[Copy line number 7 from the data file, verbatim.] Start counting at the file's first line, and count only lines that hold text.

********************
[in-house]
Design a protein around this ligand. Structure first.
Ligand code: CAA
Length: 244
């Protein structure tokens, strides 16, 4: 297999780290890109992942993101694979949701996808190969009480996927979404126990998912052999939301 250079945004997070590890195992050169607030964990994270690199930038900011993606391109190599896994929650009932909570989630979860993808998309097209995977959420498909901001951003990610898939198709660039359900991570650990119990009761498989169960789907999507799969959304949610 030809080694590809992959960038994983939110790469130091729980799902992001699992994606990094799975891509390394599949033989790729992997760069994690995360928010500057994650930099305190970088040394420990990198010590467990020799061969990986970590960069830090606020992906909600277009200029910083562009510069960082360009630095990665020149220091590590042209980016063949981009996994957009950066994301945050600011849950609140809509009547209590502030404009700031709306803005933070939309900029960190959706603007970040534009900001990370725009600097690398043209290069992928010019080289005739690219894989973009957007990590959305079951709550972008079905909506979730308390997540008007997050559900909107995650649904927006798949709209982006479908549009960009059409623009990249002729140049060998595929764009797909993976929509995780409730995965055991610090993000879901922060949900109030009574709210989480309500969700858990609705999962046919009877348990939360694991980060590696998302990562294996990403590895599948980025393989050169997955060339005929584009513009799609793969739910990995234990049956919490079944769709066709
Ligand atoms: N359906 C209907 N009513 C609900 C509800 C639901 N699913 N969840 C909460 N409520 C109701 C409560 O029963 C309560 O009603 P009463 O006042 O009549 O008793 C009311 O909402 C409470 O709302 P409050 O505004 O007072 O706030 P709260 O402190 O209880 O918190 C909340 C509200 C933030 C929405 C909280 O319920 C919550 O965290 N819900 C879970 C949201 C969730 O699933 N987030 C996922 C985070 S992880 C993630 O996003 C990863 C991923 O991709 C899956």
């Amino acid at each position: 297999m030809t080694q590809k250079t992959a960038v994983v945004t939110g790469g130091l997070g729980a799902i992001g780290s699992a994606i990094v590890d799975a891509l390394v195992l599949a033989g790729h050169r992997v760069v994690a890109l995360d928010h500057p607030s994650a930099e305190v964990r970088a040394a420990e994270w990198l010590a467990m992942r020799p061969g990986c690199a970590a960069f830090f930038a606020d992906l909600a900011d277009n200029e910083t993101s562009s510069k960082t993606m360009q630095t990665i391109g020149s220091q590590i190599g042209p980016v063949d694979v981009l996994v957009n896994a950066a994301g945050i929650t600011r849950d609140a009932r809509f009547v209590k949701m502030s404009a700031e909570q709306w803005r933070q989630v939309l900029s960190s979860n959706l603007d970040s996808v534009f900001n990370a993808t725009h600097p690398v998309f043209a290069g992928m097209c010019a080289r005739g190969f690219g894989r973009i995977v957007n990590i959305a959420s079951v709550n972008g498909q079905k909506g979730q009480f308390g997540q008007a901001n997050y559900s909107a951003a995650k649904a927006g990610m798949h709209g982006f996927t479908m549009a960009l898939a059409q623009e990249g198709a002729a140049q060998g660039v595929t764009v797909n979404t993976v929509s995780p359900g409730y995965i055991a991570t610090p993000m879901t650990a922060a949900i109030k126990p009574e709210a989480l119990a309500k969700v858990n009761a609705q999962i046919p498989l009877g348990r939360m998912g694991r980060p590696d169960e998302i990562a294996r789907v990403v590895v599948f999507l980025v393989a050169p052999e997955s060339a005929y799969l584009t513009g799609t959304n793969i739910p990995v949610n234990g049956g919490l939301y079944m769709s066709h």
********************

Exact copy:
């Amino acid at each position: 297999m030809t080694q590809k250079t992959a960038v994983v945004t939110g790469g130091l997070g729980a799902i992001g780290s699992a994606i990094v590890d799975a891509l390394v195992l599949a033989g790729h050169r992997v760069v994690a890109l995360d928010h500057p607030s994650a930099e305190v964990r970088a040394a420990e994270w990198l010590a467990m992942r020799p061969g990986c690199a970590a960069f830090f930038a606020d992906l909600a900011d277009n200029e910083t993101s562009s510069k960082t993606m360009q630095t990665i391109g020149s220091q590590i190599g042209p980016v063949d694979v981009l996994v957009n896994a950066a994301g945050i929650t600011r849950d609140a009932r809509f009547v209590k949701m502030s404009a700031e909570q709306w803005r933070q989630v939309l900029s960190s979860n959706l603007d970040s996808v534009f900001n990370a993808t725009h600097p690398v998309f043209a290069g992928m097209c010019a080289r005739g190969f690219g894989r973009i995977v957007n990590i959305a959420s079951v709550n972008g498909q079905k909506g979730q009480f308390g997540q008007a901001n997050y559900s909107a951003a995650k649904a927006g990610m798949h709209g982006f996927t479908m549009a960009l898939a059409q623009e990249g198709a002729a140049q060998g660039v595929t764009v797909n979404t993976v929509s995780p359900g409730y995965i055991a991570t610090p993000m879901t650990a922060a949900i109030k126990p009574e709210a989480l119990a309500k969700v858990n009761a609705q999962i046919p498989l009877g348990r939360m998912g694991r980060p590696d169960e998302i990562a294996r789907v990403v590895v599948f999507l980025v393989a050169p052999e997955s060339a005929y799969l584009t513009g799609t959304n793969i739910p990995v949610n234990g049956g919490l939301y079944m769709s066709h």